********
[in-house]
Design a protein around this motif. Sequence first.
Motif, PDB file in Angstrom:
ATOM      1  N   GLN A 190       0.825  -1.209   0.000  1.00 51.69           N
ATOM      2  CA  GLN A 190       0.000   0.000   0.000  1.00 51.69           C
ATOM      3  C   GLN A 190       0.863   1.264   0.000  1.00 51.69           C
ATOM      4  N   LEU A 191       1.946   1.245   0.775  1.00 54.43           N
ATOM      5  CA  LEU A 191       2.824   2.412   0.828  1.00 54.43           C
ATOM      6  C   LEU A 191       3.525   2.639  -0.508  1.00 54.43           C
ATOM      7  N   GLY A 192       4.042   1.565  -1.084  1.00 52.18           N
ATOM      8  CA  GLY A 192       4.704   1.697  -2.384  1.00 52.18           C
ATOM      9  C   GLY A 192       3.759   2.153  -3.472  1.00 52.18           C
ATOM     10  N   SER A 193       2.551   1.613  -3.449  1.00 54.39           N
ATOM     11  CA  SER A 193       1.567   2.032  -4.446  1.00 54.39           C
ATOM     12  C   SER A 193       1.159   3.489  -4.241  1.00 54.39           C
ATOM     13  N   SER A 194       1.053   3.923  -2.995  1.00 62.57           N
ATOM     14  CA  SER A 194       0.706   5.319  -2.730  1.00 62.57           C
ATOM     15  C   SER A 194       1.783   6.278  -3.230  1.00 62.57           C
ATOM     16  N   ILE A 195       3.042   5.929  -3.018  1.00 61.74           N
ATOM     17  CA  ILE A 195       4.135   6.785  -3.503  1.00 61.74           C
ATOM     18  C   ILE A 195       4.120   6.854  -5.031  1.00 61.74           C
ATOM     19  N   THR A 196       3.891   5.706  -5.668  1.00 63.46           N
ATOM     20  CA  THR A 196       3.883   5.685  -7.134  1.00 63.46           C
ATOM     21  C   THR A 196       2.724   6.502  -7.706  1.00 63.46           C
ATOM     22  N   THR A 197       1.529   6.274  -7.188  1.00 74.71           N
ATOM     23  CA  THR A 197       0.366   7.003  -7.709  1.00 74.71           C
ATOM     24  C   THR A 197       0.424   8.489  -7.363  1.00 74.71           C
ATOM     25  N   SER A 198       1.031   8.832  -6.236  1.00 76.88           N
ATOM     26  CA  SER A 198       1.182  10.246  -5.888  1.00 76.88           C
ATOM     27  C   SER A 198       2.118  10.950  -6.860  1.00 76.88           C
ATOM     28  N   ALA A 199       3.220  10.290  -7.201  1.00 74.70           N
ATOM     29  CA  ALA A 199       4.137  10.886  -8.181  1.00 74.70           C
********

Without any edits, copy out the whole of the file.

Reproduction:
[in-house]
Design a protein around this motif. Sequence first.
Motif, PDB file in Angstrom:
ATOM      1  N   GLN A 190       0.825  -1.209   0.000  1.00 51.69           N
ATOM      2  CA  GLN A 190       0.000   0.000   0.000  1.00 51.69           C
ATOM      3  C   GLN A 190       0.863   1.264   0.000  1.00 51.69           C
ATOM      4  N   LEU A 191       1.946   1.245   0.775  1.00 54.43           N
ATOM      5  CA  LEU A 191       2.824   2.412   0.828  1.00 54.43           C
ATOM      6  C   LEU A 191       3.525   2.639  -0.508  1.00 54.43           C
ATOM      7  N   GLY A 192       4.042   1.565  -1.084  1.00 52.18           N
ATOM      8  CA  GLY A 192       4.704   1.697  -2.384  1.00 52.18           C
ATOM      9  C   GLY A 192       3.759   2.153  -3.472  1.00 52.18           C
ATOM     10  N   SER A 193       2.551   1.613  -3.449  1.00 54.39           N
ATOM     11  CA  SER A 193       1.567   2.032  -4.446  1.00 54.39           C
ATOM     12  C   SER A 193       1.159   3.489  -4.241  1.00 54.39           C
ATOM     13  N   SER A 194       1.053   3.923  -2.995  1.00 62.57           N
ATOM     14  CA  SER A 194       0.706   5.319  -2.730  1.00 62.57           C
ATOM     15  C   SER A 194       1.783   6.278  -3.230  1.00 62.57           C
ATOM     16  N   ILE A 195       3.042   5.929  -3.018  1.00 61.74           N
ATOM     17  CA  ILE A 195       4.135   6.785  -3.503  1.00 61.74           C
ATOM     18  C   ILE A 195       4.120   6.854  -5.031  1.00 61.74           C
ATOM     19  N   THR A 196       3.891   5.706  -5.668  1.00 63.46           N
ATOM     20  CA  THR A 196       3.883   5.685  -7.134  1.00 63.46           C
ATOM     21  C   THR A 196       2.724   6.502  -7.706  1.00 63.46           C
ATOM     22  N   THR A 197       1.529   6.274  -7.188  1.00 74.71           N
ATOM     23  CA  THR A 197       0.366   7.003  -7.709  1.00 74.71           C
ATOM     24  C   THR A 197       0.424   8.489  -7.363  1.00 74.71           C
ATOM     25  N   SER A 198       1.031   8.832  -6.236  1.00 76.88           N
ATOM     26  CA  SER A 198       1.182  10.246  -5.888  1.00 76.88           C
ATOM     27  C   SER A 198       2.118  10.950  -6.860  1.00 76.88           C
ATOM     28  N   ALA A 199       3.220  10.290  -7.201  1.00 74.70           N
ATOM     29  CA  ALA A 199       4.137  10.886  -8.181  1.00 74.70           C